Alejandro, a corporate accountant, and Andrew, a business intelligence manager were looking to take on a passion project but what?… Alejandro had grown up between Mexico and Vancouver and loved the variety of foods that exist in Mexico. His favorite by far was the “Cacahuates Japoneses” which he always brought back in bulk from his trips to Mexico and would share with his friends. Over time they became a favorite among his friends who would often ask for him to bring them some back whenever he went to Mexico. After his last trip to Mexico he introduced Andrew to the “Cacahuates Japoneses” and from that Senor Nut was born!
The “Cacahuates Japoneses” is one of the most popular snacks in Mexico, specially in the cantina culture where they are a staple “botana” (a botana is any Mexican snack that goes well with beer). They are referred in Mexico as peanuts japanese style and the history is a bit interesting….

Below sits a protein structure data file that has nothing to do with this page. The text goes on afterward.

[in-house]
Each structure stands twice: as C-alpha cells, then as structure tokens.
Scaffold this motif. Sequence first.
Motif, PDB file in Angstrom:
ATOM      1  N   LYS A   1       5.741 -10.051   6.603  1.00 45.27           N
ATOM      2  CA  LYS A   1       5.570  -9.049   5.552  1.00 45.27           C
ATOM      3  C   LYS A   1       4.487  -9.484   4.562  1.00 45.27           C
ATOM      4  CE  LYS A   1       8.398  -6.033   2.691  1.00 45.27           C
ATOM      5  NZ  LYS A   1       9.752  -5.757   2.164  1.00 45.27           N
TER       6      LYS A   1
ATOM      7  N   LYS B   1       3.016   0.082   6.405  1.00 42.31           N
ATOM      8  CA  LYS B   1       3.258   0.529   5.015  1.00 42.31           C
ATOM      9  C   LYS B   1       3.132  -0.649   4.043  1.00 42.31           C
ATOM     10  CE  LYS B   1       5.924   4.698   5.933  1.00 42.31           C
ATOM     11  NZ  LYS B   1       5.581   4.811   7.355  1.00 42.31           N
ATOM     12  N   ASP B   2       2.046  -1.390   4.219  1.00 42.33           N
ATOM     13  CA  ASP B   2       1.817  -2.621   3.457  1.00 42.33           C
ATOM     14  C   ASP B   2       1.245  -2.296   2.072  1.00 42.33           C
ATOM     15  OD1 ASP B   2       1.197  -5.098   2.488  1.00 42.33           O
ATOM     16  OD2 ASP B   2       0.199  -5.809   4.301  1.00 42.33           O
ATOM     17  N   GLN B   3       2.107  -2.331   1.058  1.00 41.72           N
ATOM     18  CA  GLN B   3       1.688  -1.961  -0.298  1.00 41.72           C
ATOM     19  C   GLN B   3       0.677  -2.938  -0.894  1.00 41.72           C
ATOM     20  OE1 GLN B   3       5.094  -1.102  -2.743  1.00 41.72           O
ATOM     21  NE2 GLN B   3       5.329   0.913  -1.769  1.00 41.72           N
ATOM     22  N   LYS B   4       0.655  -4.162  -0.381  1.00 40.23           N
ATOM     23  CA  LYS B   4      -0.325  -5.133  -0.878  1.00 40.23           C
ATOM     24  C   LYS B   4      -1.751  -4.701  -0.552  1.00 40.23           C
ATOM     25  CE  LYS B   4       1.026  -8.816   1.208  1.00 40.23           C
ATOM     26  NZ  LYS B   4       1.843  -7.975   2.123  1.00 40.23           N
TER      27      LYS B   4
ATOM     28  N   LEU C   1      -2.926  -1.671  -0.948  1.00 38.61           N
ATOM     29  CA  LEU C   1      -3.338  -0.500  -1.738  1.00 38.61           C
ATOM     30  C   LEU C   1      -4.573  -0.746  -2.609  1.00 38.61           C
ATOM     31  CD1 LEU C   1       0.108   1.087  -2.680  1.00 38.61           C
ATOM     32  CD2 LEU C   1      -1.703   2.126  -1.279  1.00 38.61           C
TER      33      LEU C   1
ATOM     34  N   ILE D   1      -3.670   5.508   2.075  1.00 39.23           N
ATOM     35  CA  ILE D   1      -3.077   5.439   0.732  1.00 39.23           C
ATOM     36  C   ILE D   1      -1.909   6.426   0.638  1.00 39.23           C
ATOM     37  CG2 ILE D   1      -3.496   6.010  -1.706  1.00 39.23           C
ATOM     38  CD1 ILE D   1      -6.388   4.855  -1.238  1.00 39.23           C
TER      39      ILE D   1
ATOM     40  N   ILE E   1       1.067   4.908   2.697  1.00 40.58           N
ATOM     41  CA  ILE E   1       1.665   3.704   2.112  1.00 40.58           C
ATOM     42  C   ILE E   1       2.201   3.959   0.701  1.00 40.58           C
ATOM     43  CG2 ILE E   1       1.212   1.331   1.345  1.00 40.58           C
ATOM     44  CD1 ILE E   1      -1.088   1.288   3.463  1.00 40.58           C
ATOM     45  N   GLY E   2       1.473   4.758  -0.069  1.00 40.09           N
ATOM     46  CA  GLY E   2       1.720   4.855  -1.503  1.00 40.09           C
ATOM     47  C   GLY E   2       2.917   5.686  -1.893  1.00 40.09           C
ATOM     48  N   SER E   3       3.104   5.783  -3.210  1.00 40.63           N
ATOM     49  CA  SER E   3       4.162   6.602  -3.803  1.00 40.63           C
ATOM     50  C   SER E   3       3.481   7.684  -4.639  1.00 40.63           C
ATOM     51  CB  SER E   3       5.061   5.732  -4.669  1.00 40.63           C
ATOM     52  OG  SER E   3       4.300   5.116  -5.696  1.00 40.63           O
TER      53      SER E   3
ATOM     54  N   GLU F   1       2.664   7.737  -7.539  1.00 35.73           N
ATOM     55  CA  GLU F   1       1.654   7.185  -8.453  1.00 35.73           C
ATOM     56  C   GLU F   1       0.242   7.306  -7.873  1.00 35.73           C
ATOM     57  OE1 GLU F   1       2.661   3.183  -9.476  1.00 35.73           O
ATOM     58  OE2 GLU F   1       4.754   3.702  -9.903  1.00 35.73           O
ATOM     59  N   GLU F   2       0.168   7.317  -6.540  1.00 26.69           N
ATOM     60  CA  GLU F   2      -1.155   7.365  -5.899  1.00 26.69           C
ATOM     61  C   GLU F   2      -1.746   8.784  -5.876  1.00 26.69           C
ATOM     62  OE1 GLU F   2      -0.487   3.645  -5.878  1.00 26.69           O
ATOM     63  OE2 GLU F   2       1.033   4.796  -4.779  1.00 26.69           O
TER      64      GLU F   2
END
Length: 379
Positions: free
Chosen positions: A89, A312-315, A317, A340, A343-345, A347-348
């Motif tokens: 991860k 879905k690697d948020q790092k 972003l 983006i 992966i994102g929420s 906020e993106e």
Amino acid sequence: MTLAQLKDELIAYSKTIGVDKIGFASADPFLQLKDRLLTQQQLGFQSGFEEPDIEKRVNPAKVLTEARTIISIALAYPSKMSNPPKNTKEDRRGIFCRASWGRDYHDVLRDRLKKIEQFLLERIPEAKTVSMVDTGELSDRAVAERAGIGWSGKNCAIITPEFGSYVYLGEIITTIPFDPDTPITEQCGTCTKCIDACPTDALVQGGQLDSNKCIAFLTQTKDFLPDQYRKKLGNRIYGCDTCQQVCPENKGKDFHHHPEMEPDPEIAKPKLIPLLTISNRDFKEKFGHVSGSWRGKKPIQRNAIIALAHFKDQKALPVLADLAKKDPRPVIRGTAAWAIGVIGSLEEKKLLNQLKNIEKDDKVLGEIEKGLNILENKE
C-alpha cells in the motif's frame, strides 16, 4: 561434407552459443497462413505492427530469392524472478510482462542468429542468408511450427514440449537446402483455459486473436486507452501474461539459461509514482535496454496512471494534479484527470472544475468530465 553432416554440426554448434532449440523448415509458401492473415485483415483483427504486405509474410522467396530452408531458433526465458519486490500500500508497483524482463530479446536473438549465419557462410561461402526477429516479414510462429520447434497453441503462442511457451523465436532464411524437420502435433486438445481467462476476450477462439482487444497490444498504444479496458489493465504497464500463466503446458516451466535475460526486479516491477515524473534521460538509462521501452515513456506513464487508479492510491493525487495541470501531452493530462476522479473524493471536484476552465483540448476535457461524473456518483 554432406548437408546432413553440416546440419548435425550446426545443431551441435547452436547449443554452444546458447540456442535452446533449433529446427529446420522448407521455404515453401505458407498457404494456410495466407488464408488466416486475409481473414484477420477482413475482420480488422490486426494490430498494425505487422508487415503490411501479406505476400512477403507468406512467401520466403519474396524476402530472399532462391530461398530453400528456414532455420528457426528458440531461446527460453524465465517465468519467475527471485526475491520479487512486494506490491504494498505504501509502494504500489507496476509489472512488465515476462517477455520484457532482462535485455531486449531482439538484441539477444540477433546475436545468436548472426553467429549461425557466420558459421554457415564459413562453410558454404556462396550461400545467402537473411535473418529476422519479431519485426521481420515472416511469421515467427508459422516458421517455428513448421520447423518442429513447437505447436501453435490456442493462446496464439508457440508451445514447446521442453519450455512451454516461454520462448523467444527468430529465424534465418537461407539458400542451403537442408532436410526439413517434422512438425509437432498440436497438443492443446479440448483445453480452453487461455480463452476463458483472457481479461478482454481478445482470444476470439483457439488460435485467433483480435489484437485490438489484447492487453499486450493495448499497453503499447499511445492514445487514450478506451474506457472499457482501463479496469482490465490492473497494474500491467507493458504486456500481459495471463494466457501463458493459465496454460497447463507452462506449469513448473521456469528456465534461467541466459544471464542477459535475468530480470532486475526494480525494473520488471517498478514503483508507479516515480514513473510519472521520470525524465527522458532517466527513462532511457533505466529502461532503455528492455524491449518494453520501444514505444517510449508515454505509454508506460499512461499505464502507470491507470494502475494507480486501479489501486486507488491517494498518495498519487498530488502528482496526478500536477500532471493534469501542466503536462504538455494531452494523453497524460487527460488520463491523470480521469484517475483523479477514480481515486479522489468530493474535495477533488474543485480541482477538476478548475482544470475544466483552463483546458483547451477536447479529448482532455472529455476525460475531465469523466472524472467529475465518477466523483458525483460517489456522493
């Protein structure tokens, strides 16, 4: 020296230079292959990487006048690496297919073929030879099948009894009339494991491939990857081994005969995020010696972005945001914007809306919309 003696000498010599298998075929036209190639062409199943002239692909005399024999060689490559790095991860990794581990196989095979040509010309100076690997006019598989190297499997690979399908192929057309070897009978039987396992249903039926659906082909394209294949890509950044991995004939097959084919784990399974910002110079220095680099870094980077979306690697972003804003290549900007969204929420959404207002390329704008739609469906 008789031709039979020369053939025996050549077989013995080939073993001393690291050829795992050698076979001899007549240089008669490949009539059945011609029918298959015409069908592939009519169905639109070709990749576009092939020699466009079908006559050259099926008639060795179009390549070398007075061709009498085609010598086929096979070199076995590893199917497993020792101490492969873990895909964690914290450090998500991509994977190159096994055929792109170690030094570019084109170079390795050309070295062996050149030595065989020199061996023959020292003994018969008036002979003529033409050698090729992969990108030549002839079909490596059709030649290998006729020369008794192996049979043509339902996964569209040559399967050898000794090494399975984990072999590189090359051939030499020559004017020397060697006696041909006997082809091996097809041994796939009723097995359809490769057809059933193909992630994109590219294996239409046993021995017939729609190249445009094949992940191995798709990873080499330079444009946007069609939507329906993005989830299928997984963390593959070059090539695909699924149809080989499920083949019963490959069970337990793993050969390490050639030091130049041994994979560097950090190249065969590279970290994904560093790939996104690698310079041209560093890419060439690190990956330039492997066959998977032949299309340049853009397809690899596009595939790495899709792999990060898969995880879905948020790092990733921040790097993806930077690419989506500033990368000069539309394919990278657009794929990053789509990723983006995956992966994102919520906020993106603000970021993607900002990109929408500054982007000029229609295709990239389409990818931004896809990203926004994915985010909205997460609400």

During the late 19th century there was an influx of Japanese Immigration into Mexico as a result of Emperor Meiji and Mexican president/dictator Porfirio Diaz efforts to increase ties between the two countries. One of these migrants was Yoshigei Nakatani, who in 1932 came to Manzanillo before moving to Mexico city where he fell in love and met his wife, however in 1941 war had broken out between the United States and Japan and as a result of Mexico’s close ties with the US many Japanese immigrants were forced to move into segregated neighbourhoods within Mexico City and Guadalajara. These were difficult times for Japanese immigrants and Yoshigei lost his job and having to support his family of 5 he had to figure out a way to get by. He had apprenticed at a candy shop in his hometown of Sumoto Japan so he began making “Muegano” a traditional Mexican candy. He continued with it and began experimenting with different candies and snacks until he came up with the recipe for “Cacahuates Japoneses”. These were a huge hit in the neighbourhood and within a few years he industrialized the process and it wasn’t long before his creation became a staple in the world of Mexican snacks that can be found anywhere from the local soccer stadium to the modest cantina.